I must confess, I don’t like the narcissism of it all. I feel this is where ALTB differs from many other blogs out there. It’s not so much about me and my travels (you’ll rarely see me in pictures on the blog), but instead I prefer the focus to be on the destinations, hotels, resorts, restaurants, etc. I know people like to follow people with these things but when I started ALTB this wasn’t really the culture I signed up for, and not one I’ve chosen to adopt since. I think this can affect engagement a little – people don’t feel they get to know the person behind the blog as well as they might otherwise from a more personal travel blog – but hopefully there’s still a place for relatively selfie-free blogs like this one! Would love to hear what others feel about all of this.

  5. Beth says:

    Fascinating statistics in here. It says that 1.4bn people are travelling to see the world. What I’d like to know is how many of those are taking multiple trips throughout the year.? Amongst my friends with good jobs they could be flying for 4 or 5 city breaks a year as well as their holidays

    But doing the Maths world population at the moment is 7.7bn. That means we’ve got 6.3bn who aren’t travelling. Chances are that as they become wealthier they will want to travel.

    It looks as if this selfish selfie problem is only the tip of the iceberg. If those 6.3bn take to the air then I doubt that anyone will know what an iceberg is anyway.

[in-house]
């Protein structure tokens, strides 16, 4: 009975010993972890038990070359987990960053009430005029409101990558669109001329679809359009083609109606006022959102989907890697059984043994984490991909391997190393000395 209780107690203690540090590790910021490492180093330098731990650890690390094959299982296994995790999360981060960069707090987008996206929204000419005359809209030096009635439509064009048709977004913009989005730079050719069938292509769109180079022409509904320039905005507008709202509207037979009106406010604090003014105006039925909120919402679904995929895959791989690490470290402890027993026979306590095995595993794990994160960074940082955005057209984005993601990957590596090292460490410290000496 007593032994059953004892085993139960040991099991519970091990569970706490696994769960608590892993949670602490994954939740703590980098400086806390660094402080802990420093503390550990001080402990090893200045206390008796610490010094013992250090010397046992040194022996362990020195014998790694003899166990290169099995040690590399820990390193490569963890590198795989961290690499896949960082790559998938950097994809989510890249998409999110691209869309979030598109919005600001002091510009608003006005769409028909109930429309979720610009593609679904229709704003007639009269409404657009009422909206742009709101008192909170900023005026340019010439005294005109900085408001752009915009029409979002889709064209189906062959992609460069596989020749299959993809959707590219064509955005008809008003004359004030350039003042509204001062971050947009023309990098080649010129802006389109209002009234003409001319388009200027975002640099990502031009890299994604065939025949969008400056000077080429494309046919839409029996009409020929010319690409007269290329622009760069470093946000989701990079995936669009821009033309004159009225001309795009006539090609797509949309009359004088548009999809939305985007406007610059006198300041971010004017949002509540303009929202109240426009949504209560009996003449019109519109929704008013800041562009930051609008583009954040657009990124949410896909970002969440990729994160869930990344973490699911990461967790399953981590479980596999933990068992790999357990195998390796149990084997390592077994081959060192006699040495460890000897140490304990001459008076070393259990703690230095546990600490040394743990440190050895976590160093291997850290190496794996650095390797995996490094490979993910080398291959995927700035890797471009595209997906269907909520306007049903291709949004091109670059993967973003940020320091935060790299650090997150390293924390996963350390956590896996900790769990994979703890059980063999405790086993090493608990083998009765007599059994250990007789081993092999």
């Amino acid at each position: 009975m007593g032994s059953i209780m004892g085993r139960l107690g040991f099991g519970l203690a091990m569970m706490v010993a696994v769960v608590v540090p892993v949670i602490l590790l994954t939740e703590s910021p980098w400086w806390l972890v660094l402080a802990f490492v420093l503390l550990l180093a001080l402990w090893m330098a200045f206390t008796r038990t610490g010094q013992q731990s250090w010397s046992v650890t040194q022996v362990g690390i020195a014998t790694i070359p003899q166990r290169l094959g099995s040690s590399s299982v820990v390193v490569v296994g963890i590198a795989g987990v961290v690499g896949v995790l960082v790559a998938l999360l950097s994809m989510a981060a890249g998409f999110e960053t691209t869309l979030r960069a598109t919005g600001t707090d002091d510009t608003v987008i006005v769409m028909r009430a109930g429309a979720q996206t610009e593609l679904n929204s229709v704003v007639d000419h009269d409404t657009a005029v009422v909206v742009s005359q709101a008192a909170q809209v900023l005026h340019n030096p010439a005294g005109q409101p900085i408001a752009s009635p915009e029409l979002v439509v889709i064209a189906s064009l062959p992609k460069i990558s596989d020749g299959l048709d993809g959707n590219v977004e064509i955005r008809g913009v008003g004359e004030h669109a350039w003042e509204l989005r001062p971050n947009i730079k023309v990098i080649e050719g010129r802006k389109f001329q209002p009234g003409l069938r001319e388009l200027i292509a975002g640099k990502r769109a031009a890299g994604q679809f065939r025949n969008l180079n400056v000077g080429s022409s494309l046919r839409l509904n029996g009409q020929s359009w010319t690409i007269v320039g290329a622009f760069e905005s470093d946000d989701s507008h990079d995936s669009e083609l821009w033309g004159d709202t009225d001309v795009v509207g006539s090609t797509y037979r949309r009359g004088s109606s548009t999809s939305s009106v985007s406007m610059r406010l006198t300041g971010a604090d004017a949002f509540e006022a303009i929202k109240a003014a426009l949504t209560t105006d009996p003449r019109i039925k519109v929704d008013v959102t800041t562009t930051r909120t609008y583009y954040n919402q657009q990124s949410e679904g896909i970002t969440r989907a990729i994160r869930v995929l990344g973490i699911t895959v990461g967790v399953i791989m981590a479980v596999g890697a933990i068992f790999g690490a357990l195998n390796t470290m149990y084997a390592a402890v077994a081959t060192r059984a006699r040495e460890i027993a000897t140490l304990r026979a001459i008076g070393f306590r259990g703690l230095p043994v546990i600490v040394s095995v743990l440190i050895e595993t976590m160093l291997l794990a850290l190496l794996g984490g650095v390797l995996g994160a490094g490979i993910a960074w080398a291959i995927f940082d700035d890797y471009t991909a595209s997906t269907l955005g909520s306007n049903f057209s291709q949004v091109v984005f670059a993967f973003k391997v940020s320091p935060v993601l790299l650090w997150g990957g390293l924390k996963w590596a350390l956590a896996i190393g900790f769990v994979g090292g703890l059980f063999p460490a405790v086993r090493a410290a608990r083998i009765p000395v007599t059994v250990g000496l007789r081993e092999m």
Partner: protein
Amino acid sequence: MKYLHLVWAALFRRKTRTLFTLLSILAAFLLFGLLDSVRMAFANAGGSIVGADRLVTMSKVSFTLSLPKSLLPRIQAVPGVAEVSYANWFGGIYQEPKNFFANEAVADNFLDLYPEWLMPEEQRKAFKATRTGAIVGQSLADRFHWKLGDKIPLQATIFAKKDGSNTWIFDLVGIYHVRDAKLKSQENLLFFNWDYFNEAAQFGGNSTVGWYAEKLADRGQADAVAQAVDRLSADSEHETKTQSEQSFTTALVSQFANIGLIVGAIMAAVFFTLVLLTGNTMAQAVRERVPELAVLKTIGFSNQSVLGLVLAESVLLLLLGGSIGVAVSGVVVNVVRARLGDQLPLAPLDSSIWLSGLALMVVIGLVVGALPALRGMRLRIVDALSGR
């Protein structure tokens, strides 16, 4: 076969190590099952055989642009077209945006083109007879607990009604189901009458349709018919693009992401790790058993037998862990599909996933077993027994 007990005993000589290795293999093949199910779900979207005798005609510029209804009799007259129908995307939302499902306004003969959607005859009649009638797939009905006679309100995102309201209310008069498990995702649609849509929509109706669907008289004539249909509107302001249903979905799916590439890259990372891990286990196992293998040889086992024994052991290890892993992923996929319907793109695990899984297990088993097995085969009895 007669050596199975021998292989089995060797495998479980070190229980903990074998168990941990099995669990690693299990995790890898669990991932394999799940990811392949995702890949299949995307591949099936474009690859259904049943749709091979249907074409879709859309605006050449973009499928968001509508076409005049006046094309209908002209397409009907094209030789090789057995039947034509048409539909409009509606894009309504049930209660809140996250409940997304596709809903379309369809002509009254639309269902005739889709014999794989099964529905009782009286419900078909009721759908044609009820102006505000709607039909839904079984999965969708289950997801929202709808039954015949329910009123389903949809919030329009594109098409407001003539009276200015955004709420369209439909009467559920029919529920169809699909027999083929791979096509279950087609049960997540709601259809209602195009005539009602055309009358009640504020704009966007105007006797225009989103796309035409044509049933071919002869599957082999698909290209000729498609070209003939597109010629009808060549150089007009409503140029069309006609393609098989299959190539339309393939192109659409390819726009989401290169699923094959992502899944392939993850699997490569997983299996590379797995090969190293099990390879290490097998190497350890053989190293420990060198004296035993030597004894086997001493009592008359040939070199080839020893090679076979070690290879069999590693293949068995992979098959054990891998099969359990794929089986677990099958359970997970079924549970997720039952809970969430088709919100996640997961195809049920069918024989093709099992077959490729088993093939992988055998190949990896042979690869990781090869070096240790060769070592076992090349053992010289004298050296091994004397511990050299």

6. Alan says:

    Ah, The Titanic – that’s a difficult one.

    Do we interfere and preserve it for future generations? Or are we negligent and just let it naturally corrode?

    And in our commercial world who will spend the money on preservation without the prospect of a return on their investment?

    Questions, questions.

  7. Claire Marston says:

    The royals are constantly in the news at the moment, it’s either Harry & Meghan’s trip or Prince Andrew’s possible shenanigans and involvement in a sex scandal. I know it’s important to consider carbon emissions and how we travel, and to some extend they’re held accountable as examples for others, but seriously? It’s not worth so many headlines and I don’t think their trips by private jet are what’s going to be the tipping point for climate change. The selfie culture story made me laugh, it seems like a lot of places are finding it becoming too much. Even in the UK with quaint villages in the Cotswold and areas of London where they’ve got colourful houses, the residents are getting sick of influencers and others wanting photos constantly outside their homes and blocking up their streets. It’s also a dangerous fad; I wonder how many have injured themselves or died now trying to get Instagram perfect photos on cliff edges and the like?

    • Paul Johnson says:

      Transport (of which aviation is of course just one part) comes fourth in the pecking order for carbon emissions so, it’s still significant, but yes… there are other areas that have an even greater impact.